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Re: alt text on Validator.nu image report

From: Philip Taylor <pjt47@cam.ac.uk>
Date: Sun, 04 May 2008 14:13:49 +0100
Message-ID: <481DB68D.9050504@cam.ac.uk>
To: Ian Hickson <ian@hixie.ch>
CC: Henri Sivonen <hsivonen@iki.fi>, "public-html@w3.org" <public-html@w3.org>

Ian Hickson wrote:
> On Sat, 3 May 2008, Philip Taylor wrote:
>> So, the goal of the site's markup is to make sure the UA tells the user 
>> clearly and concisely that there is an image here. It is up to the UA to 
>> determine as much detail as possible about the image, and it is up to 
>> the user to decide (based on context) that the image is important and 
>> that it is worth looking at in detail.
>>
>> In that case, <img src="..." alt="External image"> seems to achieve the 
>> goal: as long as UAs do not ignore images with alt text, the user will 
>> be made aware that the image exists, and can ask their UA for further 
>> details.
> 
> Actually it doesn't, really. The intent of the alt="" attribute is to 
> provide text that can be used to completely replace the image, and thus 
> there isn't necessarily a way to distinguish this:
> 
>    <p><img src="x.png" alt="External image"></p>
> 
> ...from this:
> 
>    <p>External image</p>
> 
> ...in user agents that don't support images. In particular, a user agent 
> like Lynx wouldn't distinguish the two cases above, but would show the 
> image in the following case in a distinct UA-styled manner:
> 
>    <p><img src="x.png"></p>

That behaviour is not the most useful for the user: even if the alt text 
truly is an equivalent of the image and can completely replace it in the 
page, the user may want to save the image to disk so they can look at it 
later or upload it to their own site, or copy the URI to a friend who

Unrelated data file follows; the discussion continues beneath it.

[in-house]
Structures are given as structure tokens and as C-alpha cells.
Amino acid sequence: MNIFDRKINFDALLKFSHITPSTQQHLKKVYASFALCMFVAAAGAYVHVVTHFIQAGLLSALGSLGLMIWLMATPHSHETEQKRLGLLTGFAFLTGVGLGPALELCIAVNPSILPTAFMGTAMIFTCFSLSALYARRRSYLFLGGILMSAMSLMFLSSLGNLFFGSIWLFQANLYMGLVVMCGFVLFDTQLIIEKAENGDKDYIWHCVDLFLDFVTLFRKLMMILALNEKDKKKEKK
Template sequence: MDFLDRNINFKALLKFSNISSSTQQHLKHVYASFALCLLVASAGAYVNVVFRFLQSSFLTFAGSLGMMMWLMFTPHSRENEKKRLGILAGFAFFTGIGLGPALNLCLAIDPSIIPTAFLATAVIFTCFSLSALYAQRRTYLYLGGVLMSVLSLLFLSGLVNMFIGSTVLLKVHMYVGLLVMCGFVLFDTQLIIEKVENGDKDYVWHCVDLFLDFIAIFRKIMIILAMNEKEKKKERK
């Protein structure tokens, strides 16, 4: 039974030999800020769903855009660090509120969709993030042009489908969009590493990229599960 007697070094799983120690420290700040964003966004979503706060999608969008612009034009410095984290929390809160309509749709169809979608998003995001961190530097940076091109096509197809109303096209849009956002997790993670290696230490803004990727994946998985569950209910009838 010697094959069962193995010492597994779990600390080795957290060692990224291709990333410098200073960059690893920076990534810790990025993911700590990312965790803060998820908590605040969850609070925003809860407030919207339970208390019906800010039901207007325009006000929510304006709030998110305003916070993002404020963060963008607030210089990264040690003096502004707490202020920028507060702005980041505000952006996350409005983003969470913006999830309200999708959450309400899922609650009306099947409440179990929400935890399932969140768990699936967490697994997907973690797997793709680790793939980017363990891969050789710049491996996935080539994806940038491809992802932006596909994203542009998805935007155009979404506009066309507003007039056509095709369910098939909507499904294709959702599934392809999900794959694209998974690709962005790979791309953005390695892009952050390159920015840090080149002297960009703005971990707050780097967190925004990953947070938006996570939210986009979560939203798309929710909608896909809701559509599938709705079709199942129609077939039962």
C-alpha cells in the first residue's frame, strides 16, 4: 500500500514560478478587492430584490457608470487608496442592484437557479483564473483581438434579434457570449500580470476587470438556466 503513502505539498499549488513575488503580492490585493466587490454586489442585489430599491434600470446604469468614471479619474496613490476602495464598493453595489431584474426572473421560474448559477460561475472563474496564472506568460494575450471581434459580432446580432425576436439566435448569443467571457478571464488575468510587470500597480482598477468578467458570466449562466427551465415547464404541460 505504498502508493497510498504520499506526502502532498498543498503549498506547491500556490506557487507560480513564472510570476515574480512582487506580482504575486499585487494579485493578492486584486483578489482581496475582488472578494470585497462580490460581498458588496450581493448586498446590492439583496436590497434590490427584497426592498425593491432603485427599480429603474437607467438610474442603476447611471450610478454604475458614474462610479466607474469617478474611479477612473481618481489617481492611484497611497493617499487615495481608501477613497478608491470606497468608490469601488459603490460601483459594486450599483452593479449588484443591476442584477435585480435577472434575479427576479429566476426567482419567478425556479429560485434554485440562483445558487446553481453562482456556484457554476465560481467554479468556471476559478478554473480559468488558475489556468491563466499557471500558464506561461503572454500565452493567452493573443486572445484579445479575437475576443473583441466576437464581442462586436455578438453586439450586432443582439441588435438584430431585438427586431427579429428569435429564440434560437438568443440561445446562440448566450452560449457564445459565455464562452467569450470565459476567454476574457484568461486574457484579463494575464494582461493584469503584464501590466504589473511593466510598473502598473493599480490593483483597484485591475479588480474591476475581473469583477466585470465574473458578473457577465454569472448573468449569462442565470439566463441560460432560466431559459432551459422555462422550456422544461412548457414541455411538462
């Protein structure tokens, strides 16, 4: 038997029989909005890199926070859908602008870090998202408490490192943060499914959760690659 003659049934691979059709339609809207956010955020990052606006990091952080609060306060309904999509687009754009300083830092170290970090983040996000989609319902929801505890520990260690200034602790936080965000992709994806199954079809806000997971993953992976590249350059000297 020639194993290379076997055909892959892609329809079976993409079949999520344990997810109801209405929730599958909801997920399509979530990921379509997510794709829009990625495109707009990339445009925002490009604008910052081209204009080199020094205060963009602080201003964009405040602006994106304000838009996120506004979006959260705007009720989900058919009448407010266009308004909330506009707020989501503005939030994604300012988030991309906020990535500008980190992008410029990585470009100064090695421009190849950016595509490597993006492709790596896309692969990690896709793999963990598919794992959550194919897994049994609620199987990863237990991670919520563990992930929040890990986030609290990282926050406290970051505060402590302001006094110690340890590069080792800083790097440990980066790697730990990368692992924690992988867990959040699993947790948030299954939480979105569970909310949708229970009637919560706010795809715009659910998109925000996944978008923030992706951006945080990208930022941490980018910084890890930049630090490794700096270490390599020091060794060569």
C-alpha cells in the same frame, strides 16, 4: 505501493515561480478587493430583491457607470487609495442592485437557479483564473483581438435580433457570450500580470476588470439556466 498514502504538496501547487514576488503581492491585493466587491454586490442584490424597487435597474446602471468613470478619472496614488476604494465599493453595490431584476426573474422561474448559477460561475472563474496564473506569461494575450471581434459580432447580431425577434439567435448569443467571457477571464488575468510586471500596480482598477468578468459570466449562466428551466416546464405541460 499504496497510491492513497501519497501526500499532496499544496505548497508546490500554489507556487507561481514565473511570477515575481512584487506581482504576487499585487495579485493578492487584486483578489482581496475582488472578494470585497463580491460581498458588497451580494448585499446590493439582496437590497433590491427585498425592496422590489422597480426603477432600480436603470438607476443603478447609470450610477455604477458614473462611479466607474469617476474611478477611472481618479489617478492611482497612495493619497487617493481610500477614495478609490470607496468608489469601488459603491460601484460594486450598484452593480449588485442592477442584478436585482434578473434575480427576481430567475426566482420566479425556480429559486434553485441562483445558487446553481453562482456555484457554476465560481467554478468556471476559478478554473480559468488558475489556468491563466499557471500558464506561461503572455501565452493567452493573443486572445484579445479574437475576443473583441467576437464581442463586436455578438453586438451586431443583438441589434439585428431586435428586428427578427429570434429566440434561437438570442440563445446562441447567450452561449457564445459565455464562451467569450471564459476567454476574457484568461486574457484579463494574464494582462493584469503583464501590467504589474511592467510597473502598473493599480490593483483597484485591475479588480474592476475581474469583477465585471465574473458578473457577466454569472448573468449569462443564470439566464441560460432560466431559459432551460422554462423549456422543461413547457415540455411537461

has a graphical UA, or activate their UA's advanced image analysis 
feature to get a detailed description (e.g. to find out the colours in a 
company's logo via an <img src="logo.png" alt="Megacorp Inc">).

Those cases require the UA to inform the user that there is an image and 
let the user select it so they can enter commands (to download, or to 
copy the URI, etc), regardless of whether there is alt text. <img 
alt=...> mustn't be treated as equivalent to plain text, else this 
functionality would be lost.

(The alt text may well be exactly equivalent to its image in an abstract 
sense of the 'meaning' of a document - but the web is all about people, 
using interactive UAs that convert byte streams into user interfaces, 
and it is harmful to consider only that abstract level and not the 
actual real users.)


Existing implementations seem to agree that they shouldn't provide 
functionality only on <img> and not on <img alt=...>:

By default, Lynx does not let the user select any image. With 
image_links mode on, Lynx allows both <img alt=...> and <img> to be 
selected.

By default, Links allows <img alt=...> to be selected, but not <img>. 
With "Display links to images" on, Links allows both <img alt=...> and 
<img> to be selected.

By default, ELinks allows both to be selected. With "Display links to 
images" off, ELinks allows neither to be selected.

By default, VoiceOver in Safari allows both to be selected. With 
"Navigate Images" disabled, VoiceOver in Safari allows neither to be 
selected. (I can't find anything that is affected by the "Only navigate 
images with a description" option.)

By default, VoiceOver in Opera (9.5b2) allows <img alt=...> to be 
selected, but not <img>. With "Navigate Images" disabled, VoiceOver in 
Opera allows neither to be selected. (I still can't find anything that 
is affected by the "Only navigate images with a description" option.)

According to 
http://www.paciellogroup.com/resources/articles/altinhtml5.html , JAWS 
and Window Eyes by default announce <img alt=...> (do they let the user 
select it and e.g. download the image?), and do not announce <img>.


None of those UAs/configurations allow the user to interact usefully 
with <img> while not being able to with <img alt=...>, so <img alt=...> 
is never less useful than <img>. It would be harmful to users if these 
implementations started treating <img alt=...> as indistinguishable from 
plain text (since that would lose useful functionality), so that should 
not be the intent of the spec.

-- 
Philip Taylor
pjt47@cam.ac.uk
Received on Sunday, 4 May 2008 13:14:57 GMT

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